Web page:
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Living with back pain

Treatments for a hurting back are often only moderately effective; research suggests new ways to manage the discomfort

Michael Gershman works out at the Spaulding Outpatient Center in Medford, where back patients participate in education seminars, therapy sessions, and exercise classes.

Suzanne Kreiter/Globe staff

Michael Gershman works out at the Spaulding Outpatient Center in Medford, where back patients participate in education seminars, therapy sessions, and exercise classes.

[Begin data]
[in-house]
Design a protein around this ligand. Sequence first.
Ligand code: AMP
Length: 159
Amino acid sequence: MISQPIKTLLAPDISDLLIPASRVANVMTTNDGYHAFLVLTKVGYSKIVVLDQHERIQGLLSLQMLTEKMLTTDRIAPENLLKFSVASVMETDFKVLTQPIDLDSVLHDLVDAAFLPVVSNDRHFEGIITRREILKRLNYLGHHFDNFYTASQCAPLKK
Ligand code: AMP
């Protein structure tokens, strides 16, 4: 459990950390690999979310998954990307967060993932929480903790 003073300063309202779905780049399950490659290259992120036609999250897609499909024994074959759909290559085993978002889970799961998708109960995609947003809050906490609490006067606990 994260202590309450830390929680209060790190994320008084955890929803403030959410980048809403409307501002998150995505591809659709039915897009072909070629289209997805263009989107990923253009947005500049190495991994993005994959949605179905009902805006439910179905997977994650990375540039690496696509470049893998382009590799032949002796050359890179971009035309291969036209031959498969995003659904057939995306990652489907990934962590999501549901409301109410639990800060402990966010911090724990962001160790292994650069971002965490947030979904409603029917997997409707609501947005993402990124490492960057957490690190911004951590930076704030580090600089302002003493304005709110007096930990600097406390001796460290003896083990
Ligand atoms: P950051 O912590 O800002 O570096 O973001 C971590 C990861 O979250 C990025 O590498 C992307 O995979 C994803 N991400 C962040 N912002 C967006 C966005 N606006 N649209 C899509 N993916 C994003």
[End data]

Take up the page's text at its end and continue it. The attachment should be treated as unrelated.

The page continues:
A spinal injection to treat back pain that is linked to more than two dozen deaths in the recent meningitis outbreak — due to contamination of the drug with a fungus — has focused the spotlight on an oft-used steroid treatment that’s only modestly effective at reducing pain in most patients. This raises the question: Is there a better treatment for the 10 percent of Americans affected by low back pain?

No doubt, spinal injections that block inflammation, over-the-counter and prescription pain relievers, and physical therapy can bring considerable short-term relief, and often back pain heals on its own. But for those with lingering symptoms, back pain cures remain elusive.